I am super loving this life. It’s sometimes challenging. It’s sometimes really easy. Overall it’s pretty beautiful. In the words of my friend T-Swift, “We’re happy, free, confused and lonely at the same time. It’s miserable and magical, oh yeah.”

Loving life. Thanks for being a part of it. 

Friday, November 2, 2012

Greyhound Ragamuffins (Again)

This weekend is Baylor's homecoming. Last year, I traveled down to Texas for homecoming by myself on a greyhound bus. It was such a good experience for me. Here is the blog post I wrote right after: 


Traveling for over 24 hours on a greyhound is not for the faint of heart. One must be able to tolerate uncomfortable seats, very little leg room, and brakes so squeaky they wake you up from whatever short uncomfortable rest you got. One must not get upset over witnessing bad cellphone ettiqutte and bad parenting. One must not be bothered by gassy old men, the smell of weed, or talk of the best prostitutes in any given city. One must be okay with frequenting gas stations and sketchy bus stops with locks on the doors and bars on the windows where at any moment a fight may (and did!) break out.
For many single, 22 year old, white, Midwestern girls, traveling alone, this trip would probably make them super uncomfortable.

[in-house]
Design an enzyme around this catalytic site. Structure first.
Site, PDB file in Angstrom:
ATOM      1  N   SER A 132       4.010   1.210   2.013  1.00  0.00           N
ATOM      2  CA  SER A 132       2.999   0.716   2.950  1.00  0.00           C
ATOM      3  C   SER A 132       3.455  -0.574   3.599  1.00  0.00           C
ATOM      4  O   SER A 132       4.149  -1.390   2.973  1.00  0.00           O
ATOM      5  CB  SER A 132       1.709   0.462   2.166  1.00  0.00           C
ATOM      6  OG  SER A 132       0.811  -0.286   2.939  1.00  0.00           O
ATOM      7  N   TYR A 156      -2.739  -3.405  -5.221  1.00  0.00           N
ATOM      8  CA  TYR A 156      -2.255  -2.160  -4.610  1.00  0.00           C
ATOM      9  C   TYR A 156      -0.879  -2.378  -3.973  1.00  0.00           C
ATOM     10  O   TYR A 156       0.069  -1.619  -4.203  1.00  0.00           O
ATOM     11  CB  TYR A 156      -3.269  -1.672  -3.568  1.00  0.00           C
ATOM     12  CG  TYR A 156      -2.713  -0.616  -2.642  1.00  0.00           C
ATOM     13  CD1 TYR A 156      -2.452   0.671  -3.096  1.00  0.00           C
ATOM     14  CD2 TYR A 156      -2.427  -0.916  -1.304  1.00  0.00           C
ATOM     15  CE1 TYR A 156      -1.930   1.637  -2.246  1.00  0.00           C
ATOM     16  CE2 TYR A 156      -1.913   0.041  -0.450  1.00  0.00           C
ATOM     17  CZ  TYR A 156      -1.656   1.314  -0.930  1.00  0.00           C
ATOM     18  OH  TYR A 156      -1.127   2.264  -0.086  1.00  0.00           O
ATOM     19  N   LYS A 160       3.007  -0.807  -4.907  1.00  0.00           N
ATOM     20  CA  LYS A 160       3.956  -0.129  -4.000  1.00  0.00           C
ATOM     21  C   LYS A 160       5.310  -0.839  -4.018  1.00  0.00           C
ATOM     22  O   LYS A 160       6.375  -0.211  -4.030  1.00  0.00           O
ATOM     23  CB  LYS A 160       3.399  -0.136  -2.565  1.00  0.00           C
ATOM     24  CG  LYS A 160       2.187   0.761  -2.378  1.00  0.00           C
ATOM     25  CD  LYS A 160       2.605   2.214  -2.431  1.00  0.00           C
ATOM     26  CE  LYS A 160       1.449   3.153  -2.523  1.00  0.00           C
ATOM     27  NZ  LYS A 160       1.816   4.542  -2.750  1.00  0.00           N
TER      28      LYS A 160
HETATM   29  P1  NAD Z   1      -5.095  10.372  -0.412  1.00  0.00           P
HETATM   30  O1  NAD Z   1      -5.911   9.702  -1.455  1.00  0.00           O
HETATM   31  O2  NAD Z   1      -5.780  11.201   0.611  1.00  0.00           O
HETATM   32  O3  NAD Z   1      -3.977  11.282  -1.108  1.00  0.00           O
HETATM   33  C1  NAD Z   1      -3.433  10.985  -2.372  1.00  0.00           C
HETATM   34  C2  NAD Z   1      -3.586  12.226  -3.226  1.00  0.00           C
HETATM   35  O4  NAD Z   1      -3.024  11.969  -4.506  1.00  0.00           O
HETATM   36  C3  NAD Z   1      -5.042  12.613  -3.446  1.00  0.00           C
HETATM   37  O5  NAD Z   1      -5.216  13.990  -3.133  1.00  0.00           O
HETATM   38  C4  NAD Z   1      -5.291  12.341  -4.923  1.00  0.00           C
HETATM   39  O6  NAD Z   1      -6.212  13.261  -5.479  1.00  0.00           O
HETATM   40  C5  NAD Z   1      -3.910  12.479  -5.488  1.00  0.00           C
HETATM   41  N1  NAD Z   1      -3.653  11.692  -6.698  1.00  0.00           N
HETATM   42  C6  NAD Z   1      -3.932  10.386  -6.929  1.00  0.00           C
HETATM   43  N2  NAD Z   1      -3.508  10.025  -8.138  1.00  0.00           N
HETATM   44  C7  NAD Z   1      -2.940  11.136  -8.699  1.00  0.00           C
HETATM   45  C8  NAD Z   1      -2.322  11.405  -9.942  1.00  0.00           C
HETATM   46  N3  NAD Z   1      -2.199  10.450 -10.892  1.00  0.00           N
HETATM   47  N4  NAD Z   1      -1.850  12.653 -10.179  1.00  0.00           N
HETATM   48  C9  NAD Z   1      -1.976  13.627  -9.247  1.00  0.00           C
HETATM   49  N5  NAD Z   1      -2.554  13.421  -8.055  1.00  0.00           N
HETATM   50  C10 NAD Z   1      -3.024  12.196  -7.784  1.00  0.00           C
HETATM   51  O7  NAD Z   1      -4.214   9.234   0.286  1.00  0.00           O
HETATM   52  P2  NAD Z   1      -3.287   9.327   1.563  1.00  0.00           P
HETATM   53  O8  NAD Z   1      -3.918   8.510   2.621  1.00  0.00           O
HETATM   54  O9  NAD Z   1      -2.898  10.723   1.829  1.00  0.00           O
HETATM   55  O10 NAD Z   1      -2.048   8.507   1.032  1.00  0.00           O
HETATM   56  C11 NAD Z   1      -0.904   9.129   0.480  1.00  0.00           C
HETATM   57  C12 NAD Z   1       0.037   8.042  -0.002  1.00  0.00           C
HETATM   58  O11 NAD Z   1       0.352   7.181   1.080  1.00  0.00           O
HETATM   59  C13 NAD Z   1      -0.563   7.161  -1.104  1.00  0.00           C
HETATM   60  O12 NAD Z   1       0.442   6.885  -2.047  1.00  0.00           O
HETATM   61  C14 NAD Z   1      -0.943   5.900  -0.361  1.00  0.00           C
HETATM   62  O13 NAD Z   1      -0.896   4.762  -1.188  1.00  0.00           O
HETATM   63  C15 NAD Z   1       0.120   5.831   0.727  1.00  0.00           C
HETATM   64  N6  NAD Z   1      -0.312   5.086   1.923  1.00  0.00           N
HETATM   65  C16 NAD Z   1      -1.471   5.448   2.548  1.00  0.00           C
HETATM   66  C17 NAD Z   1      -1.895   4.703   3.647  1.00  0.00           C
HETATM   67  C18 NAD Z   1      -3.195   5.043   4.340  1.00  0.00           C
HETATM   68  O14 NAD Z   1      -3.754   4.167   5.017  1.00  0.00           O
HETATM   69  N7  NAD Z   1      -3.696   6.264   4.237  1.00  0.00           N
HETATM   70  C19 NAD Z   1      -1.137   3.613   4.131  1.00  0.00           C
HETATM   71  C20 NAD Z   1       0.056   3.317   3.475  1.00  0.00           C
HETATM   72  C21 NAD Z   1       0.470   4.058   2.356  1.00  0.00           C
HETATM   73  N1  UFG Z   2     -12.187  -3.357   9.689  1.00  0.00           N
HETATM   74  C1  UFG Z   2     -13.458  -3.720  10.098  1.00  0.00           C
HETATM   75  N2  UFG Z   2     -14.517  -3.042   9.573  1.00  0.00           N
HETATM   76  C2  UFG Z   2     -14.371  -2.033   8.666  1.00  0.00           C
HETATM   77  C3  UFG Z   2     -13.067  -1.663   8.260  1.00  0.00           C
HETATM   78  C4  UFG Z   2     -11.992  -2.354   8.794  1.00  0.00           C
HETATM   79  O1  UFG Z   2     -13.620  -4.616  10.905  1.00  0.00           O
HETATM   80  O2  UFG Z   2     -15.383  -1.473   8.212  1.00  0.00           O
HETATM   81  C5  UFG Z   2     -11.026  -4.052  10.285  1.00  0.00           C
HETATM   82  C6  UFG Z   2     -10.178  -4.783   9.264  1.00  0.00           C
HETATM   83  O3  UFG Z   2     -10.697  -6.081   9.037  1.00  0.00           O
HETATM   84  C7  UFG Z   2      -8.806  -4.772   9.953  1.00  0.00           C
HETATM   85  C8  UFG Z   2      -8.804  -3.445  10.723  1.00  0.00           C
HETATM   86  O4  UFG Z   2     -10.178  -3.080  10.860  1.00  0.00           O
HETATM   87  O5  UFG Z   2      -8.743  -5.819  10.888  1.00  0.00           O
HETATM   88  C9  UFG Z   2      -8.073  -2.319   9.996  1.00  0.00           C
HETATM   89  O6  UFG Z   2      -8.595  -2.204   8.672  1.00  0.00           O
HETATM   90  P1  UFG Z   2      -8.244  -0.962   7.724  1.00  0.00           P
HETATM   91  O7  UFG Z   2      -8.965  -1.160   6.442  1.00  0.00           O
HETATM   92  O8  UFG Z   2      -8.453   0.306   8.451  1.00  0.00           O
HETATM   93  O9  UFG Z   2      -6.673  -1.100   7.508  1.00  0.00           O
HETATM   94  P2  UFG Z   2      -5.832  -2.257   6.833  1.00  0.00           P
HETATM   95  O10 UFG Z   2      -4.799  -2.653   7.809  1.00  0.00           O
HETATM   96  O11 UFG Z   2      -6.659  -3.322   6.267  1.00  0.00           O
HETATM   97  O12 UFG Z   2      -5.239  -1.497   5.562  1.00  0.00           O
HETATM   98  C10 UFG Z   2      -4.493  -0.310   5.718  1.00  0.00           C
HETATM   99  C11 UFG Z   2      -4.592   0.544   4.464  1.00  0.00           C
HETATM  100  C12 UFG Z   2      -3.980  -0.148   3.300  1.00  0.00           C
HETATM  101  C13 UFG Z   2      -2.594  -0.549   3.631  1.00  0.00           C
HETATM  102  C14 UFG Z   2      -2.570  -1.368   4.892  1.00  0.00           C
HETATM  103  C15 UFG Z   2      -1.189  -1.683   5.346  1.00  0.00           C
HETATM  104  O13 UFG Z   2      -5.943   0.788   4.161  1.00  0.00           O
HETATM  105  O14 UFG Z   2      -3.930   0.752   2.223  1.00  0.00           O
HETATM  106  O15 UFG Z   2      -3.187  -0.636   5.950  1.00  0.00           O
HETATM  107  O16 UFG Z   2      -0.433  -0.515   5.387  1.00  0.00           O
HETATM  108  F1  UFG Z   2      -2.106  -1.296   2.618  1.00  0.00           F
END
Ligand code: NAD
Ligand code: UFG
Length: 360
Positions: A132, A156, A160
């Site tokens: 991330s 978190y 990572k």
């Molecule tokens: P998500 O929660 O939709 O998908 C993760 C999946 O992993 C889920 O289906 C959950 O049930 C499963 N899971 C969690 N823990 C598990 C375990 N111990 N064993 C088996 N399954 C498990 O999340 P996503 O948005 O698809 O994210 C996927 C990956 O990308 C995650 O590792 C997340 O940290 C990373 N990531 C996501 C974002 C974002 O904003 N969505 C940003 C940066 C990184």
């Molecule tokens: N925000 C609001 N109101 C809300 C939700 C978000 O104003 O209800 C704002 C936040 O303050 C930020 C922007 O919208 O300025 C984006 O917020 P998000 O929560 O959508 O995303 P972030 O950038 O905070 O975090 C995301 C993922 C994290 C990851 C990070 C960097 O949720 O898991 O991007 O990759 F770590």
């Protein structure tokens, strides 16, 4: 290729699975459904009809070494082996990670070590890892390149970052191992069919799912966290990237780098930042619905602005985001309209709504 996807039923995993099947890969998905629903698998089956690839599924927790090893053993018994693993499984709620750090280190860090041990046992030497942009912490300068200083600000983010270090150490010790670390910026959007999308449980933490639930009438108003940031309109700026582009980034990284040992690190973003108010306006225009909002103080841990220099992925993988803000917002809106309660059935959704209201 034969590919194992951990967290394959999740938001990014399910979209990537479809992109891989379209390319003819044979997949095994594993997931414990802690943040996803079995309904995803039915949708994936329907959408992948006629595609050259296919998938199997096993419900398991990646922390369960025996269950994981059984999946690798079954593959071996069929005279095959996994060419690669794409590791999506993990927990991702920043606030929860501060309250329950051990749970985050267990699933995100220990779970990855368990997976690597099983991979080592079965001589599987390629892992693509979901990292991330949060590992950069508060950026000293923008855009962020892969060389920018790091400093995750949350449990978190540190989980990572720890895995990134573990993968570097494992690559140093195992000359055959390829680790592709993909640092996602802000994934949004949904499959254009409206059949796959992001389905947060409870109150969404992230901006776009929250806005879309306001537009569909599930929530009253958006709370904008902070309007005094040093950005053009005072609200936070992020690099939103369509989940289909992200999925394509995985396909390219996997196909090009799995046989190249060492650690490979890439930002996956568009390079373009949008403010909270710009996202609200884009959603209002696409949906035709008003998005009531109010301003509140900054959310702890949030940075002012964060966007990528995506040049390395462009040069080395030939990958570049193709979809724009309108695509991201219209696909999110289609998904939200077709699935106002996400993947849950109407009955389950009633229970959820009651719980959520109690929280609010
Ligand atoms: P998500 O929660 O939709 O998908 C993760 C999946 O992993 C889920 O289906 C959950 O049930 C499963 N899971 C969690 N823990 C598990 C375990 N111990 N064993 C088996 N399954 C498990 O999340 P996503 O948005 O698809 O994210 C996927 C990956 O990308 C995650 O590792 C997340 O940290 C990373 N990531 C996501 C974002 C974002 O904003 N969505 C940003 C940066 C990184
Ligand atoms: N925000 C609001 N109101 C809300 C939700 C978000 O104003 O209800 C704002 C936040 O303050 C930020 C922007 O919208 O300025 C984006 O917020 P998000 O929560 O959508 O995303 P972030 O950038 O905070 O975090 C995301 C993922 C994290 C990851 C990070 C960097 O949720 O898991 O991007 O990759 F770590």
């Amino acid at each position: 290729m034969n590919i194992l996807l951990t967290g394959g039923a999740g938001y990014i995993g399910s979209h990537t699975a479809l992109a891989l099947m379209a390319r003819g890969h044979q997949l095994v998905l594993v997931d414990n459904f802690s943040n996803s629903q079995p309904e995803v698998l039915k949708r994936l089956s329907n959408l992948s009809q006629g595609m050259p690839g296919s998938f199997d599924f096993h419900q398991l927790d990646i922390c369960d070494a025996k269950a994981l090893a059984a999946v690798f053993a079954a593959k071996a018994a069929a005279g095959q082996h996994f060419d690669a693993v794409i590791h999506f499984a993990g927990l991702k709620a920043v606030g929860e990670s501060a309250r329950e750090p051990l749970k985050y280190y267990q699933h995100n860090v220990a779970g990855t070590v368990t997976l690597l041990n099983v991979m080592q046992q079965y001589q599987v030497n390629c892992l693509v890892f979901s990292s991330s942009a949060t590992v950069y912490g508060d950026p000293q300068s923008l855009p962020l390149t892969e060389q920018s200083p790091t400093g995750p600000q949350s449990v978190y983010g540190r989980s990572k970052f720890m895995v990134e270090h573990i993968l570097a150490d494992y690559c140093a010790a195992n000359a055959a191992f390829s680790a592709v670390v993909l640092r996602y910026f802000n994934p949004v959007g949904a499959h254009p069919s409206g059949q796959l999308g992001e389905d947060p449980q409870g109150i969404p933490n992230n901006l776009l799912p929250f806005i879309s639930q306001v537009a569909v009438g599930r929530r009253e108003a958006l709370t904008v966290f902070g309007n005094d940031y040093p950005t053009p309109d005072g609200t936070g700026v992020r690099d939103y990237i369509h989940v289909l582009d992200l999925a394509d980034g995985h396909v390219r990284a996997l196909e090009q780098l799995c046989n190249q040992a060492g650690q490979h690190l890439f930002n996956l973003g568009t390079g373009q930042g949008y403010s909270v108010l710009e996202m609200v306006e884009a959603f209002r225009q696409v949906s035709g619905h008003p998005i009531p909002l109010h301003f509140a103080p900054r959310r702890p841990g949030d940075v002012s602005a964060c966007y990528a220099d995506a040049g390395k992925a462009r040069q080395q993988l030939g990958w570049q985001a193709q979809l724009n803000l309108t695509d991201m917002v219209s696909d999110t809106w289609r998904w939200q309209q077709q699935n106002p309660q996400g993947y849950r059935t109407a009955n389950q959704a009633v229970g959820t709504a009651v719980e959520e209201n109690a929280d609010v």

I could write about all the crazy stories I now have, but instead, I’ll let you know my main take away. Have you heard of the book The Ragamuffin Gospel by Brennan Manning? So far, I’ve only read the first couple chapters, but I know the book is about God’s grace, and how it is for those who are lost, dirty, and messed up---otherwise for us all. It’s not only for the very hygienic, the church goers, those with the same values as I. It’s for the unshowered, the pot smokers, those who just got out of prison. God’s grace is for people. For all people. In the same way that He wants me to know the depth and power of His love; he wants everyone else to know that too.

“If you look down on anyone on the planet, you don’t understand the Gospel.”-Steve Treichler

On my ride, I met those who were dirty, drug dealers, pot smokers, nomads, migrants, homeless, young, old, veterans, and a few men recently released from prison. People who God wants to know His power, His character, His love. My goal at the beginning of this week was to talk to strangers more. We are called to love people, and how can we do that unless we talk to them first? On this trip, he gave me to opportunity to have great conversations multiple people. I got to learn about their life stories and how they ended up on a Greyhound. From that I got to ask about their dreams, their hopes in life, and their view of God and validity of the Bible. Mainly, I got to listen to people who needed someone to talk to; someone to care about them. I got to be that person, and I love being that person. I may never see any of them ever again, but I hope they will remember our conversations as I will. I hope I impacted them as much as they have impacted me.

And from this point on, I hope to start talking to strangers more. On the bus, on the street, in class, everywhere. I also hope to finish reading The Ragamuffin Gospel, but I’ll need to borrow someone’s copy. I had the opportunity to give it to a man who just got out of prison. He had asked me what I was reading and seemed very interested in the topic. Pray that he reads it and pray that I don’t forget what I learned and keep talking to strangers.